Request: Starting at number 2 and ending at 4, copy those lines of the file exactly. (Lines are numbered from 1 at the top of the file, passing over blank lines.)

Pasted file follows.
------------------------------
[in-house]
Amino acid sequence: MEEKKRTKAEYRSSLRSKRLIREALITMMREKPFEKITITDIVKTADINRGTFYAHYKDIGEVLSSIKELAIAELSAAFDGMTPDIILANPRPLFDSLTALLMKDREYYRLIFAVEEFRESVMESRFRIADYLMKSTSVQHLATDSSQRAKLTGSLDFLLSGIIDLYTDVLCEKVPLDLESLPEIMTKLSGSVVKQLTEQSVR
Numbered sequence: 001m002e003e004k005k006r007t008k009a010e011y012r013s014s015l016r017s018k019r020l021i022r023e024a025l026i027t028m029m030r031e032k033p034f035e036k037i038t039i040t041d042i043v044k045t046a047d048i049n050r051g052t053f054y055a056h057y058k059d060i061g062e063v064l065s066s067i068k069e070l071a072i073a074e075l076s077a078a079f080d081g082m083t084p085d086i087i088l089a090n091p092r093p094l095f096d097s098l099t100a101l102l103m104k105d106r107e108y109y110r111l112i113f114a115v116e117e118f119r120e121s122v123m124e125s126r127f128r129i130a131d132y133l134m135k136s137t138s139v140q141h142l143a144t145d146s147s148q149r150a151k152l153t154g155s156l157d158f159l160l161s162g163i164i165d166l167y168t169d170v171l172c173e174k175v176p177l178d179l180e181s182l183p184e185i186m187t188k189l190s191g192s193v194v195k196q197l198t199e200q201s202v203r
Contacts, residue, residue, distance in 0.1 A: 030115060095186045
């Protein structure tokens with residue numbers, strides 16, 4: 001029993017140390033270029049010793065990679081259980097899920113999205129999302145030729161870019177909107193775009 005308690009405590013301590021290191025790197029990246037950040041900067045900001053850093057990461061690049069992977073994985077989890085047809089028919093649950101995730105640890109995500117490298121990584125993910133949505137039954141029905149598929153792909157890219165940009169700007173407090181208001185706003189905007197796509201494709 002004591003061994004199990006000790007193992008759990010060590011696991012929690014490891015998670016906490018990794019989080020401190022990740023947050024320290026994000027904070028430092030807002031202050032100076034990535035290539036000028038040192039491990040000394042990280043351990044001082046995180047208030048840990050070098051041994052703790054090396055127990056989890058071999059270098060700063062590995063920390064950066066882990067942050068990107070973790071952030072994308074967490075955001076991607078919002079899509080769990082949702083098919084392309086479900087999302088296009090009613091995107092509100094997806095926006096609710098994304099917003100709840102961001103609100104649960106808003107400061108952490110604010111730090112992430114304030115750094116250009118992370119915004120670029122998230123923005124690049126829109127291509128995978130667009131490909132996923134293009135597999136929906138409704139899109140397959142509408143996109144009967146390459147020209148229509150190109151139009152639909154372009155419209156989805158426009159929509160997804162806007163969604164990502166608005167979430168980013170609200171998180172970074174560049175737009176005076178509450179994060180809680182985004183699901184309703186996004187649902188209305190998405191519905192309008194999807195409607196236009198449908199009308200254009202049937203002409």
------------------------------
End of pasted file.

Amino acid sequence: MEEKKRTKAEYRSSLRSKRLIREALITMMREKPFEKITITDIVKTADINRGTFYAHYKDIGEVLSSIKELAIAELSAAFDGMTPDIILANPRPLFDSLTALLMKDREYYRLIFAVEEFRESVMESRFRIADYLMKSTSVQHLATDSSQRAKLTGSLDFLLSGIIDLYTDVLCEKVPLDLESLPEIMTKLSGSVVKQLTEQSVR
Numbered sequence: 001m002e003e004k005k006r007t008k009a010e011y012r013s014s015l016r017s018k019r020l021i022r023e024a025l026i027t028m029m030r031e032k033p034f035e036k037i038t039i040t041d042i043v044k045t046a047d048i049n050r051g052t053f054y055a056h057y058k059d060i061g062e063v064l065s066s067i068k069e070l071a072i073a074e075l076s077a078a079f080d081g082m083t084p085d086i087i088l089a090n091p092r093p094l095f096d097s098l099t100a101l102l103m104k105d106r107e108y109y110r111l112i113f114a115v116e117e118f119r120e121s122v123m124e125s126r127f128r129i130a131d132y133l134m135k136s137t138s139v140q141h142l143a144t145d146s147s148q149r150a151k152l153t154g155s156l157d158f159l160l161s162g163i164i165d166l167y168t169d170v171l172c173e174k175v176p177l178d179l180e181s182l183p184e185i186m187t188k189l190s191g192s193v194v195k196q197l198t199e200q201s202v203r
Contacts, residue, residue, distance in 0.1 A: 030115060095186045